• I read that one possible way the Ebola virus could have jumped to humans is desperate people eating “bush meat”.

        This shows why, even if the rich can produce a police state and a propaganda apparatus so powerful as to guarantee that revolution will never happen, it would still serve their own best interests to share the wealth.

        Desperate people:

        (1) Have weaker immune systems, due to chronic hunger and general poor health.

        (2) Are more likely to do things which can get them infected (eating bush meat, for example).

        Once epidemics get started among the marginal members of society, they have a nasty habit of migrating to the center of society, and up the social ladder. Pathogens don’t care how rich and powerful a human is, and the secret police can’t torture microbes into submission.

        • I don’t know that they think of ‘bush meat’ as desperation food. The Cameroonians I used to work with loved the “sweet, sweet bush meat” and thought it made them more strong.

          • *sigh* Haruhi forgive me, but sometimes I think some of those countries might be better off if the European colonial empires were still running things. (Not the former Belgian Congo, of course–the Belgians were pure thieves.)

  5. I would love to be able to make a sensible comment on your research article but my only though is that we need to find a way to make our government listen to the people, not the money.
    It is going to take a major change in the way the government allocates our tax money. We are getting desperate to see our government realize that we need Research, and rebuilding our high ways, and all of our infrastructure as well as our social safety nets.

  6. The business model is broken because healing the sick is not a business. You can make a living at it. That’s different. But the activity itself can’t be a business. Just like justice can’t be a business.

    Everybody wants medicine with people at the center (especially when they personally are that person), but business is about profit. Business is not a social service agency. Again, you can make a living providing a social service. There’s plenty to do for researchers. They’re actually producing the social good. But you can’t have them working inside a profit-driven framework without wrecking everything they’re working for.

    The sooner we get our collective heads around the idea that this has to be government funded and fund it adequately, the sooner we’ll get to health care that serves people rather than profits. Fully funding NIH and making a functioning FDA would be part of that process.

    We’re a ways away even from those first steps. :sad-frustrated-angry face here!:

  7. I meant, seriously, I make a little literary joke and you wag your finger in my face?
    Maybe, it’s time for Superego to take over.
    As my sister says, we’re all laughing our way to the boneyard.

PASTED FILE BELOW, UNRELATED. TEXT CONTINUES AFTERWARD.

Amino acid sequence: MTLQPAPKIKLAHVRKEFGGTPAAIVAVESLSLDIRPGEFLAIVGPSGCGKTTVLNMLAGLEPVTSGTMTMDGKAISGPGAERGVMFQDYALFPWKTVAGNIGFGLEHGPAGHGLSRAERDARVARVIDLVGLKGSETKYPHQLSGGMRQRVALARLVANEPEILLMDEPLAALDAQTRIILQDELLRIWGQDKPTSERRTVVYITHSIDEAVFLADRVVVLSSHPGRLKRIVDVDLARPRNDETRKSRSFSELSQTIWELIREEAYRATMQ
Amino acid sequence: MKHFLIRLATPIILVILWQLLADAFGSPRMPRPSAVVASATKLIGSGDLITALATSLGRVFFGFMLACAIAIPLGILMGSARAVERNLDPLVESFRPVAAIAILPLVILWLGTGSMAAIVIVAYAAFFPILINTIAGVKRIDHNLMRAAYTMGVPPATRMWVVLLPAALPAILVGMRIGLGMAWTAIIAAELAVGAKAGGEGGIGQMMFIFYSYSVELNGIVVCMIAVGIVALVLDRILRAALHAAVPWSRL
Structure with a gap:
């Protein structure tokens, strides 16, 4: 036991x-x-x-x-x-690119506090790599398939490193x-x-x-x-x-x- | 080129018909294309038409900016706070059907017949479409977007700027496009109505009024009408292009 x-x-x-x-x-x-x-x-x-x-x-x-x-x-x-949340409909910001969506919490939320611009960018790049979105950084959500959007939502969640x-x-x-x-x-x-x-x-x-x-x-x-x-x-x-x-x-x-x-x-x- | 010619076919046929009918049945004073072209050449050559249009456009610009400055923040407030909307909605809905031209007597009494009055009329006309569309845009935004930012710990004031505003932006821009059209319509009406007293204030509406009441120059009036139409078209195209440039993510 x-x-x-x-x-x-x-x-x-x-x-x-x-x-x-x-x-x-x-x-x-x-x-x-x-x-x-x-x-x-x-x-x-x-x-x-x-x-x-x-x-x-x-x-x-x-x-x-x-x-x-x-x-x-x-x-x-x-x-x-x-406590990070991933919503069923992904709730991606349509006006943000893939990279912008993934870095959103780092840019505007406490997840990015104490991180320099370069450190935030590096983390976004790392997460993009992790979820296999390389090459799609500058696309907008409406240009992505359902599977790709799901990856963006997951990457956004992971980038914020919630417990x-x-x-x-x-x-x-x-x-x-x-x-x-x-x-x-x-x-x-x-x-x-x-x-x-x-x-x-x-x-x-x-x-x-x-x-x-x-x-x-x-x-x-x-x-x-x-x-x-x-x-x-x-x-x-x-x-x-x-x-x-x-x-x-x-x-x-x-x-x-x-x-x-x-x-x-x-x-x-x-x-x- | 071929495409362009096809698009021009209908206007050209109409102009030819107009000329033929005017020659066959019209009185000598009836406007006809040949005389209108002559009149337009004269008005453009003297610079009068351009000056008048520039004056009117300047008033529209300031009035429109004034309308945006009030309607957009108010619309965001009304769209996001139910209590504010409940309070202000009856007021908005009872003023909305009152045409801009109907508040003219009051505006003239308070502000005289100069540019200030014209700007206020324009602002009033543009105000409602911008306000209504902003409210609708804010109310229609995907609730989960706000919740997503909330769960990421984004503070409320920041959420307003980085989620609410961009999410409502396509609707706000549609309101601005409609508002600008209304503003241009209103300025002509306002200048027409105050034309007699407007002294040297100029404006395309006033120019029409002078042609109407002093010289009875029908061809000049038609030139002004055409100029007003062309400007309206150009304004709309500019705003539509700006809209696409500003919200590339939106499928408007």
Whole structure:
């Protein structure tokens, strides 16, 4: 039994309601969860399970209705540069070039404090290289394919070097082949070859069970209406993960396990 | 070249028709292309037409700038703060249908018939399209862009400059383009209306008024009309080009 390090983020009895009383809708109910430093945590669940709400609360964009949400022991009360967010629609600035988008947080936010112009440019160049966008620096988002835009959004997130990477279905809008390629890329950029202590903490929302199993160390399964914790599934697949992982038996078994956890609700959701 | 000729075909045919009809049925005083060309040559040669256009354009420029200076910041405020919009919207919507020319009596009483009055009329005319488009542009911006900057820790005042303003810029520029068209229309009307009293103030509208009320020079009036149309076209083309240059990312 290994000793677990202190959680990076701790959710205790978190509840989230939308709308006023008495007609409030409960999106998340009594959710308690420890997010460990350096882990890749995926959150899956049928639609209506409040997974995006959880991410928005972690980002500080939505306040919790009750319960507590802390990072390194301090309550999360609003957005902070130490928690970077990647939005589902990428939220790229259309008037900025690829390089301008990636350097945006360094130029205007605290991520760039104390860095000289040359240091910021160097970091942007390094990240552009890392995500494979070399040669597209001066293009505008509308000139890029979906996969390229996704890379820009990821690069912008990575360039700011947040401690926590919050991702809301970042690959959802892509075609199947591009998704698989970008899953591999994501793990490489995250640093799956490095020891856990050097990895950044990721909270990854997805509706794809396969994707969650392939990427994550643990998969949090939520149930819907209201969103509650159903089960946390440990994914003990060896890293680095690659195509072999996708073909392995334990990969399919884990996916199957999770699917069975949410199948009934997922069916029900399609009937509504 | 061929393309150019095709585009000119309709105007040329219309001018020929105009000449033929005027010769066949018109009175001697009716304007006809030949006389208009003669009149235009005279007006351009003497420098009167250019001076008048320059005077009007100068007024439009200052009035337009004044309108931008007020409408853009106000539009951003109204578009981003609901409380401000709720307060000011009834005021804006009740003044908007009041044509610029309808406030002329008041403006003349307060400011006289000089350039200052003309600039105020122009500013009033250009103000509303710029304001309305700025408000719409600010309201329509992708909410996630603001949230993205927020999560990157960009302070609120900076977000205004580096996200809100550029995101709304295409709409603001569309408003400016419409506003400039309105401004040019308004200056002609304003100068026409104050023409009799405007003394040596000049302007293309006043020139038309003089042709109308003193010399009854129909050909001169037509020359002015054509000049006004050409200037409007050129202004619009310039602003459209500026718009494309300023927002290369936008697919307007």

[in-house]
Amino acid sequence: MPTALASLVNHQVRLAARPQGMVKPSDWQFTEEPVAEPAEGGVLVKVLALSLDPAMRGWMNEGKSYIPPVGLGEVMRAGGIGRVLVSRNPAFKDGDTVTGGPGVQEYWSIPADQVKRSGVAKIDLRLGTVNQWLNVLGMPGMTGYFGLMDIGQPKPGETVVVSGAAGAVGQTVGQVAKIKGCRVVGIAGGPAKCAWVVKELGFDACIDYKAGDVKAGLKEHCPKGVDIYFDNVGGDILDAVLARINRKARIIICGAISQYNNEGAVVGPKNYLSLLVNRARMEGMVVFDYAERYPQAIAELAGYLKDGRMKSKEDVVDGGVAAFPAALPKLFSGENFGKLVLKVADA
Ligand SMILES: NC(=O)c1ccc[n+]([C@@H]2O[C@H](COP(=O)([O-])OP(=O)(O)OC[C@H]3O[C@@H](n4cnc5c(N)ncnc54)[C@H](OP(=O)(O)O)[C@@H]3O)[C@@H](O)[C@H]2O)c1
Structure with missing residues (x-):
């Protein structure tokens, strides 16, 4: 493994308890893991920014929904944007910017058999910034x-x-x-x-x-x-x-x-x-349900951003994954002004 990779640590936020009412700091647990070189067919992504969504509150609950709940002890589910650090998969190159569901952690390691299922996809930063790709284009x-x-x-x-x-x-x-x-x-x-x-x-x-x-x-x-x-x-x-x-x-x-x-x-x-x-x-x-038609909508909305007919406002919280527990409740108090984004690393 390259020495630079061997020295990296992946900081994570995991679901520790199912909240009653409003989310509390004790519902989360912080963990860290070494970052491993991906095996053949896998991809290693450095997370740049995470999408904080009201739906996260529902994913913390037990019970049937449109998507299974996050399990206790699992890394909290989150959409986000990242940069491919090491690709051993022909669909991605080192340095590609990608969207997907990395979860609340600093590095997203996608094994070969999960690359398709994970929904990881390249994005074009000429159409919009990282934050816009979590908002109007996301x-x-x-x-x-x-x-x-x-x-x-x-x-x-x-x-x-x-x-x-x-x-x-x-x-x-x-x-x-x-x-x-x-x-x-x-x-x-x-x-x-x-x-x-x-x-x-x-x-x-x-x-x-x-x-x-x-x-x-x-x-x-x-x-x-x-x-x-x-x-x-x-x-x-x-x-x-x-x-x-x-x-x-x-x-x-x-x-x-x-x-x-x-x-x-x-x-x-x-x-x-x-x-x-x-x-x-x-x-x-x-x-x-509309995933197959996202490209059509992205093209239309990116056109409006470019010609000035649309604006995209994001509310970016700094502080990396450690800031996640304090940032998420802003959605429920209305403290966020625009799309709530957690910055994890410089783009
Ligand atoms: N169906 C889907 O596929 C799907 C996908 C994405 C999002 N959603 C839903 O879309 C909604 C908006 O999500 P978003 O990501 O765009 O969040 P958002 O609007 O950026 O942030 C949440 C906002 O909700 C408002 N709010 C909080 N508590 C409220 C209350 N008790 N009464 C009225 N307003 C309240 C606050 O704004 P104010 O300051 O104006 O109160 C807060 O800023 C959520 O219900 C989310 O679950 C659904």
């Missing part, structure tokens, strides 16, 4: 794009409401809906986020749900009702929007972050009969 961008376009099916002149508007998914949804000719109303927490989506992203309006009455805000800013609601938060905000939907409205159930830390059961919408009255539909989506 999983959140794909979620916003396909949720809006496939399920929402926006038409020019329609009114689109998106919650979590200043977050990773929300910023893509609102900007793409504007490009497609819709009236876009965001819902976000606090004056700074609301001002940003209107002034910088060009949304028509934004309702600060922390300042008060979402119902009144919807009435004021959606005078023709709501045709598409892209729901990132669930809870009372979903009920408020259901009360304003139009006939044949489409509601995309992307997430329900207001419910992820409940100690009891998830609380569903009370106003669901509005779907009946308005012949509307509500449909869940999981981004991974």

8. All in all, is a very important and topical subject. The importance of our health as human species can make us or break us.

  9. You’re kidding, right? We’re so completely fucked from just climate change (not to mention the methane, the close to 40 self-reinforcing feedbacks that keep the climate change going faster and faster, Fukushima which, by itself, is an extinction event, the novel diseases popping up, ocean acidification and heating, Arctic ice melt, and our own stupidity added to ever worsening natural disasters) that we’ve got til about 2030 before it’s too hot to grow food and all the vegetation dies. Our species is going extinct by our own hand and taking pretty much all the other life on the planet with us. Great job humanity!

    • I think you must mistake this blog for one that denies climate change. It is not.
      But running around screaming about climate change isn’t really offering any solutions, is it? Nor is it likely to get the attention of the people who don’t want to hear about it.
      Instead of commenting in disbelief at our lack of urgency, you might want to think about the myriad steps you need to take to get people to pay attention.
      Starting at the top of YOUR pyramid of needs does nothing to alleviate the weight of the burden at the bottom of THEIR pyramid of needs.

    • What we have is a crisis crisis. Too many crises to keep up. Each crisis making another crisis worse. There is a crisis for every taste in crises. So all anyone can do is pick their personal favorite crisis (and action group/s if there is one/s) and start working on it.

      • I think I’ve done my share of covering crisis issues that are of importance to the left. But I find that those lefties who shriek loudest about climate change seem to be the least charitable about the economic conditions of their fellow Americans. So, verily I say unto you, you wl gain more allies on climate change when you’ve gotten fewer people to fret with constant anxiety about whether they can pay their monthly bills and not a second sooner.